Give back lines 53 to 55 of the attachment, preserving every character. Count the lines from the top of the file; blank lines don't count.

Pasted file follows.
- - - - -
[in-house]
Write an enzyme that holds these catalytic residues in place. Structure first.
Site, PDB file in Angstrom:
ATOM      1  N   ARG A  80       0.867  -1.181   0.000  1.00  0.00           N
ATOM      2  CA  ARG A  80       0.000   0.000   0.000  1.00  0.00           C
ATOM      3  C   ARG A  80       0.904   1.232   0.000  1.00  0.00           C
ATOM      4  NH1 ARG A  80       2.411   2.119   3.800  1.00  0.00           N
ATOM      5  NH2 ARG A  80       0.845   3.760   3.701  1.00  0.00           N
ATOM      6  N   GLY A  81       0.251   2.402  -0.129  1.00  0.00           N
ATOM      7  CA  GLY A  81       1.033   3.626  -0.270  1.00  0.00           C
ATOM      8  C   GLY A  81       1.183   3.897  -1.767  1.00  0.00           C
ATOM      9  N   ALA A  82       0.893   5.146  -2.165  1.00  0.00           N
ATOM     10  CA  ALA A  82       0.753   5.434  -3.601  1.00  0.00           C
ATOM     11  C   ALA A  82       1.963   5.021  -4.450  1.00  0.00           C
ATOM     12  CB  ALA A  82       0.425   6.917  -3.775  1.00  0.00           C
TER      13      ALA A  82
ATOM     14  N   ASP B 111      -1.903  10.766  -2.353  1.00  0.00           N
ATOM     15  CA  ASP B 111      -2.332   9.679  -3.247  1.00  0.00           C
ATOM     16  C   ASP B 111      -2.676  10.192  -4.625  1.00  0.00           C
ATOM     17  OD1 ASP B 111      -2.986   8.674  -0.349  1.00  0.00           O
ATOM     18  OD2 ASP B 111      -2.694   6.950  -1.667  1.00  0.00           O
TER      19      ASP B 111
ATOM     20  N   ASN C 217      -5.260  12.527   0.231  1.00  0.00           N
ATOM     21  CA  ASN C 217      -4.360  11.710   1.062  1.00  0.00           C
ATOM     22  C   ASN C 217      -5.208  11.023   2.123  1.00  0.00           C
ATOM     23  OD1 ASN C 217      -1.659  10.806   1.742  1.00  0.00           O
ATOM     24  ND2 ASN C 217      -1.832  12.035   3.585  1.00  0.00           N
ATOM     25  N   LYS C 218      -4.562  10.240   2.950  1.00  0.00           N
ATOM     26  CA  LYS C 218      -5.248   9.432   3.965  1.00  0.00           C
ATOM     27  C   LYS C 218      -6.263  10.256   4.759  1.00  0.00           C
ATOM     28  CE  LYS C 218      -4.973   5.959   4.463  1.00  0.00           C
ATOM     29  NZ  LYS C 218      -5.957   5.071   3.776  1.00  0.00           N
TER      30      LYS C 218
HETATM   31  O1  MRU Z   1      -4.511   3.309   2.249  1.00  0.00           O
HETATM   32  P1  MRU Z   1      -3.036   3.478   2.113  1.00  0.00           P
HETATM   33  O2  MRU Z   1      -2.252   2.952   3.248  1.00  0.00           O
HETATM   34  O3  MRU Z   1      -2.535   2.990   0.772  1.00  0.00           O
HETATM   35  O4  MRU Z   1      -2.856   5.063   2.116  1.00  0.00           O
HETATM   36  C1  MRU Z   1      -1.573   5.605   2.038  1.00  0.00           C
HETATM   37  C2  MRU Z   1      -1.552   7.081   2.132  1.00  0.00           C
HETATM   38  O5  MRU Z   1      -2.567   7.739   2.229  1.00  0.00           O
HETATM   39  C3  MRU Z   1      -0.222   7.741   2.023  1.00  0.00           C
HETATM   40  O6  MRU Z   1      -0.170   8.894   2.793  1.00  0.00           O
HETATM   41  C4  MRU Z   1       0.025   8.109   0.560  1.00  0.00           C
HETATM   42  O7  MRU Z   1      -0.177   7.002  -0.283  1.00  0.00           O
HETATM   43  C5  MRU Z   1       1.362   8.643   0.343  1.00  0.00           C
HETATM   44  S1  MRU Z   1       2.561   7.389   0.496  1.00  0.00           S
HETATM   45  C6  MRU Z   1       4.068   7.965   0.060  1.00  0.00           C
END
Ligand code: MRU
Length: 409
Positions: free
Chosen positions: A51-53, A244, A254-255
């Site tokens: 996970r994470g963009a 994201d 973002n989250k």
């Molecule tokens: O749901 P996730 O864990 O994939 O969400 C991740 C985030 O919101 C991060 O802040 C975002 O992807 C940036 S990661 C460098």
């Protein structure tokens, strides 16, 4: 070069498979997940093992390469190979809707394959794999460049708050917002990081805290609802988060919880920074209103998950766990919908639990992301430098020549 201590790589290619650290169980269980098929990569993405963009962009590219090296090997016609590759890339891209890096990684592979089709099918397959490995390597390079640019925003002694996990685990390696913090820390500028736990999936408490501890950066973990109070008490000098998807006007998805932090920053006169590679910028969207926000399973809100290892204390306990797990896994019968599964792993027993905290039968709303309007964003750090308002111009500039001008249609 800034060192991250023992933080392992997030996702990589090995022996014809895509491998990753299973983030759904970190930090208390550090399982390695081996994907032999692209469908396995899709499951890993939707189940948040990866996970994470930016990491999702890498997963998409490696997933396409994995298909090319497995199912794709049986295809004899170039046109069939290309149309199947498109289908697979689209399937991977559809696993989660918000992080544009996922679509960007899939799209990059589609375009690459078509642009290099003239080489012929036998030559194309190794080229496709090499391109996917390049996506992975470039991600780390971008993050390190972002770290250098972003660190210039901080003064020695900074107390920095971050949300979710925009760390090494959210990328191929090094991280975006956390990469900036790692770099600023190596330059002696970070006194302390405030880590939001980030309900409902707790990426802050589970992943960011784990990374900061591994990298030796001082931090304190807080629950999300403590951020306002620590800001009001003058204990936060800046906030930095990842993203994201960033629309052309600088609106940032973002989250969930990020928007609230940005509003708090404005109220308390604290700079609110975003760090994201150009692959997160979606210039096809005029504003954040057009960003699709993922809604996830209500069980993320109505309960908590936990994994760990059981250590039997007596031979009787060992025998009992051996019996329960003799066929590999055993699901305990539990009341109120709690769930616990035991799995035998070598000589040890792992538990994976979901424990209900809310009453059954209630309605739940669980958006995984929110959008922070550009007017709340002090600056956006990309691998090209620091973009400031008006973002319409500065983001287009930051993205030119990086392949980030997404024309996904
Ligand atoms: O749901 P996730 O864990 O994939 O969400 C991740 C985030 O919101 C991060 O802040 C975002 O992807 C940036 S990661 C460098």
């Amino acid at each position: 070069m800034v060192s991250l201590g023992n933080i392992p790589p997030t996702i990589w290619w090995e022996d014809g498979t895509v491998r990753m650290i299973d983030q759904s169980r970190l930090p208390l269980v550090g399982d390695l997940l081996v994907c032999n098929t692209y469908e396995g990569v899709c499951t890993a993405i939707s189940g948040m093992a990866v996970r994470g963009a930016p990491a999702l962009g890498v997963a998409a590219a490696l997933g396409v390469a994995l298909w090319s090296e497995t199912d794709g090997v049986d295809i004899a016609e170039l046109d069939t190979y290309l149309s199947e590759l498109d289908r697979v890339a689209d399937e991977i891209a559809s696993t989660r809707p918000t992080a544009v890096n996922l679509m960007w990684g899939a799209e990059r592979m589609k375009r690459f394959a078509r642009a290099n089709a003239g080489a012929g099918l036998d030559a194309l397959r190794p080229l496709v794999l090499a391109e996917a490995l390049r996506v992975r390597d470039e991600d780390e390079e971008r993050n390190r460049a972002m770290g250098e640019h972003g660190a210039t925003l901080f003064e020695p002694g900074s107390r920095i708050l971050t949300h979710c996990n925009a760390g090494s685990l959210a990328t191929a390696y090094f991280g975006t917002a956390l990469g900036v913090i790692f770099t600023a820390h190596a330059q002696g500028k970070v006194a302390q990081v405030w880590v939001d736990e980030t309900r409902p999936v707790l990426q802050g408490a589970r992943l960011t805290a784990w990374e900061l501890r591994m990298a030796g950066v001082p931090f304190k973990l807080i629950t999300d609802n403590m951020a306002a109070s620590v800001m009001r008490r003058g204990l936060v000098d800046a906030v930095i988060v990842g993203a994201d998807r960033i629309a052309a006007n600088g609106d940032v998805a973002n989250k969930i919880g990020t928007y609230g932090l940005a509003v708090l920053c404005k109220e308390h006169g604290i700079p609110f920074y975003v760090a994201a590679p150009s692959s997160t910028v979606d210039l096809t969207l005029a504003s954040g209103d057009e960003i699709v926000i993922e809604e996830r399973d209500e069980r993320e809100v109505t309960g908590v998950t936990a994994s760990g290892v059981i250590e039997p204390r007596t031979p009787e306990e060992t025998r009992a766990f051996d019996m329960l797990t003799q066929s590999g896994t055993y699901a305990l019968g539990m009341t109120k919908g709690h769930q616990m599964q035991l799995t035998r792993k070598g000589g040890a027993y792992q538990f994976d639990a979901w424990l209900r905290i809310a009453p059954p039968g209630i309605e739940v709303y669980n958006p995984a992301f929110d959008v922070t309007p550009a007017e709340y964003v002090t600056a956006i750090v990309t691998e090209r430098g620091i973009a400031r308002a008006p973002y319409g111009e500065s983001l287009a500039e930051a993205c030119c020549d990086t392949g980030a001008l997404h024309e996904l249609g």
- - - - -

Chosen positions: A51-53, A244, A254-255
């Site tokens: 996970r994470g963009a 994201d 973002n989250k």
């Molecule tokens: O749901 P996730 O864990 O994939 O969400 C991740 C985030 O919101 C991060 O802040 C975002 O992807 C940036 S990661 C460098």